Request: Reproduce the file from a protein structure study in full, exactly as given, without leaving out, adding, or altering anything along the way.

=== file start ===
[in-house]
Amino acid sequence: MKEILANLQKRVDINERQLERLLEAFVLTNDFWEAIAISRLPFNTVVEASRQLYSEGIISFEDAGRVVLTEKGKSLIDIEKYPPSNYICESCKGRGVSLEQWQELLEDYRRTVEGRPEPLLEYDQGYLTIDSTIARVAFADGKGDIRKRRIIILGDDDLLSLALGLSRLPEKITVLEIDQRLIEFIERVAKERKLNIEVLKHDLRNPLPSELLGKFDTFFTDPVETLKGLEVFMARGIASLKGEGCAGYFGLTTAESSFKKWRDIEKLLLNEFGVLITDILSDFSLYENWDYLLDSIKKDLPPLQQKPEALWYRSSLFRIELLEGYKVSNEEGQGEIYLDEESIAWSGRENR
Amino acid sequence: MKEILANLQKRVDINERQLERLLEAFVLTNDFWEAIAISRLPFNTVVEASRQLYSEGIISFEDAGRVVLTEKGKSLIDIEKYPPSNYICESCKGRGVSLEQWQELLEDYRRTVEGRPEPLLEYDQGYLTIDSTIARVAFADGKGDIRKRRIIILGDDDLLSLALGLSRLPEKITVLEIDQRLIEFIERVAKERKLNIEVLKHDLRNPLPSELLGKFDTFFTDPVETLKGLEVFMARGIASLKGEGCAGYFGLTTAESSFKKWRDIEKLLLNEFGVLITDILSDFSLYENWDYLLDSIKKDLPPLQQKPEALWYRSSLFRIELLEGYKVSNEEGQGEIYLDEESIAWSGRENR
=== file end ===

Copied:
[in-house]
Amino acid sequence: MKEILANLQKRVDINERQLERLLEAFVLTNDFWEAIAISRLPFNTVVEASRQLYSEGIISFEDAGRVVLTEKGKSLIDIEKYPPSNYICESCKGRGVSLEQWQELLEDYRRTVEGRPEPLLEYDQGYLTIDSTIARVAFADGKGDIRKRRIIILGDDDLLSLALGLSRLPEKITVLEIDQRLIEFIERVAKERKLNIEVLKHDLRNPLPSELLGKFDTFFTDPVETLKGLEVFMARGIASLKGEGCAGYFGLTTAESSFKKWRDIEKLLLNEFGVLITDILSDFSLYENWDYLLDSIKKDLPPLQQKPEALWYRSSLFRIELLEGYKVSNEEGQGEIYLDEESIAWSGRENR
Amino acid sequence: MKEILANLQKRVDINERQLERLLEAFVLTNDFWEAIAISRLPFNTVVEASRQLYSEGIISFEDAGRVVLTEKGKSLIDIEKYPPSNYICESCKGRGVSLEQWQELLEDYRRTVEGRPEPLLEYDQGYLTIDSTIARVAFADGKGDIRKRRIIILGDDDLLSLALGLSRLPEKITVLEIDQRLIEFIERVAKERKLNIEVLKHDLRNPLPSELLGKFDTFFTDPVETLKGLEVFMARGIASLKGEGCAGYFGLTTAESSFKKWRDIEKLLLNEFGVLITDILSDFSLYENWDYLLDSIKKDLPPLQQKPEALWYRSSLFRIELLEGYKVSNEEGQGEIYLDEESIAWSGRENR